The first thing that has to go is God. This is to say our idea of God, but with us there is no separation. To our way of thinking, our idea of God IS God, so God has to go. God is not a fact. God is the supreme value, the value before which all other values pale and recede. God is the Prime Necessity at the heart of being, and this Prime Necessity which we call God is indistinguishable from who we are called to be.
Joseph Campbell has said, “This whole idea is basic to Tantra: to worship a god, you must become that god. No matter what you call the god or think it is, the god you worship is the one you are capable of becoming.” Before you leap to call this heresy, consider:
Jesus said, “The Father and I are one.” “Yes, well,” you say, “Jesus was the Son of God.” To which I would say, “Jesus never called himself the “Son of God.” He always referred to himself as the “Son of Man,” a phrase that easily lends itself to the translation: “a human being.” Stay with me here. In John, Jesus prays, “That they (that is, his followers) might be one even as we are one, thou in me and I in thee.” And the command, which somehow didn’t make the top ten, that God gives the people in the Old Testament is “You must be holy as I am Holy!” And, again, "You must be perfect as I am perfect." In other words, "You must be as I am!" In the New Testament, Paul declares, “It is no longer I who live, but Christ who lives in me.” Clearly, the position that we must become the God we worship is not foreign to Biblical theology.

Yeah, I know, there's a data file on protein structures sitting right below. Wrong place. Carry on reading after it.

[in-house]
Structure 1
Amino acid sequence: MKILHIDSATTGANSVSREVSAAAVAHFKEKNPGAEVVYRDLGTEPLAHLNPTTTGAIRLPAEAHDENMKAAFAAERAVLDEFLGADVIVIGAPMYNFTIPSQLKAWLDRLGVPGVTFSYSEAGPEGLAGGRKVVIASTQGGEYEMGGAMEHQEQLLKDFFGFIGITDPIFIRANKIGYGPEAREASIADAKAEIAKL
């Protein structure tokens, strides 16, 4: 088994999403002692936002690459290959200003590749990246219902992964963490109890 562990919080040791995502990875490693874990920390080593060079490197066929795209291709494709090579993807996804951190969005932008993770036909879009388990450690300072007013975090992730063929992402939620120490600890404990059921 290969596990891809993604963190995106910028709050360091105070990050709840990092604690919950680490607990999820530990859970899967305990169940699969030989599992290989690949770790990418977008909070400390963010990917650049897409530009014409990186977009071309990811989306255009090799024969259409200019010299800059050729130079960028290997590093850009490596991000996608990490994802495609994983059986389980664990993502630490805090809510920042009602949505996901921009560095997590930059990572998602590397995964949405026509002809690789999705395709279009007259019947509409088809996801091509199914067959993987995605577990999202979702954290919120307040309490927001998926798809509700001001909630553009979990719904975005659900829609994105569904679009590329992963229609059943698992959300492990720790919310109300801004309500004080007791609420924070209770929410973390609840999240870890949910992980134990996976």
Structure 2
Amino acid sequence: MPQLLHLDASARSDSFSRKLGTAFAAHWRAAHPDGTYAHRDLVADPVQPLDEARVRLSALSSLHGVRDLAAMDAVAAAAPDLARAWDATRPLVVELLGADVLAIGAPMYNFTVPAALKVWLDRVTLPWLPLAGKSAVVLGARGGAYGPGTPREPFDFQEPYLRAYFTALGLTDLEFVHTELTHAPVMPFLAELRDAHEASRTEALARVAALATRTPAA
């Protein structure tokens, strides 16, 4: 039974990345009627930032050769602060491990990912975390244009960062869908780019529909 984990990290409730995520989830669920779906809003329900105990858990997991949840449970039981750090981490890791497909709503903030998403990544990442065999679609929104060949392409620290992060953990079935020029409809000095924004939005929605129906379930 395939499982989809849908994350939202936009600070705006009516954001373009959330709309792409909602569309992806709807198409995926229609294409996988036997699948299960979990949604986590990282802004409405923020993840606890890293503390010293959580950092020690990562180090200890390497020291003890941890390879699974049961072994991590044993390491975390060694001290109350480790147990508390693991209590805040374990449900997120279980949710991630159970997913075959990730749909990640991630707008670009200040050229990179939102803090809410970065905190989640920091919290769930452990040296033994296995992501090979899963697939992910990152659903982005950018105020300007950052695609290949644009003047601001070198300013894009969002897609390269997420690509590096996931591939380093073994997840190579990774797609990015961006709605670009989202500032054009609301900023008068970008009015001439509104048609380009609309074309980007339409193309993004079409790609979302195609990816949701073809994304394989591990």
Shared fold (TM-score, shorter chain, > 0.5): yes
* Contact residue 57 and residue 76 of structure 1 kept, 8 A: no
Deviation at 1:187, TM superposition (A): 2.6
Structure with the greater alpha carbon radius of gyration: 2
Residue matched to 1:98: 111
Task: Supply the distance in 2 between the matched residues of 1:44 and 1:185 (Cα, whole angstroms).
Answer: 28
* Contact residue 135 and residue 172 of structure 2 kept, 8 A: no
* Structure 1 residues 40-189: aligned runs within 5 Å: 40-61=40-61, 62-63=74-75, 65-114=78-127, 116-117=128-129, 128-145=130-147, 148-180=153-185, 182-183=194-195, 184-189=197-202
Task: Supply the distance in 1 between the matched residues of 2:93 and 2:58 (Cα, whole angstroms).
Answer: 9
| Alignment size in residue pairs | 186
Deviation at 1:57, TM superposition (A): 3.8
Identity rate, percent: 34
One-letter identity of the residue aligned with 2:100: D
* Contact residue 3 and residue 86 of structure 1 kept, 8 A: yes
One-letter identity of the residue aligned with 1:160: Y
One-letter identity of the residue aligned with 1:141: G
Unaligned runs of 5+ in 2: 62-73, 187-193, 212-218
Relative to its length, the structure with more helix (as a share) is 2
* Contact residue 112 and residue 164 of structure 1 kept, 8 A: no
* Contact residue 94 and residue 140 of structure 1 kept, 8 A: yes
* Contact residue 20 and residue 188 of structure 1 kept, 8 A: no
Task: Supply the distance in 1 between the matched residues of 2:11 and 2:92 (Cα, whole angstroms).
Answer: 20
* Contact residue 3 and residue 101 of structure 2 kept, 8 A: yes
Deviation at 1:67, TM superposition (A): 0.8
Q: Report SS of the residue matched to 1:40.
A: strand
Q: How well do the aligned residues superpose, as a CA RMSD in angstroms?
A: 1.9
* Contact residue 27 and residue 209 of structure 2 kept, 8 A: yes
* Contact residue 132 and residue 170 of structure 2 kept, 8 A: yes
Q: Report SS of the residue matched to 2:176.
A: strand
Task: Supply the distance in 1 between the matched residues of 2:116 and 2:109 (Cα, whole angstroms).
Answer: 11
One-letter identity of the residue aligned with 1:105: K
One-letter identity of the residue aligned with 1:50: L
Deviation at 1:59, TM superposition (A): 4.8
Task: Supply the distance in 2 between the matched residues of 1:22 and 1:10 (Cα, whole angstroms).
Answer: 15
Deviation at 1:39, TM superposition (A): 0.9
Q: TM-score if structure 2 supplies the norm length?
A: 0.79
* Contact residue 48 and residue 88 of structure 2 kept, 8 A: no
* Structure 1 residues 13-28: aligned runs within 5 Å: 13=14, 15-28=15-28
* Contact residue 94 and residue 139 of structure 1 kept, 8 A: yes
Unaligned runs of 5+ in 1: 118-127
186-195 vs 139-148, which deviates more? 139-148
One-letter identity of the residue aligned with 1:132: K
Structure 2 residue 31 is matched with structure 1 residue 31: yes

The call of God, then, is the call to become who we are, to be ourselves—our Self—the Self we are capable of being. The spiritual journey is the hero’s journey, the spiritual quest is the search for the Promised Land and for the Holy Grail. It is described by T.S. Eliot: We shall not cease from exploration And the end of all our exploring Will be to arrive where we started And know the place for the first time.
The face of God is a mirror reflecting those who behold the face of God. Thou Art That. Amen! Ain't it so!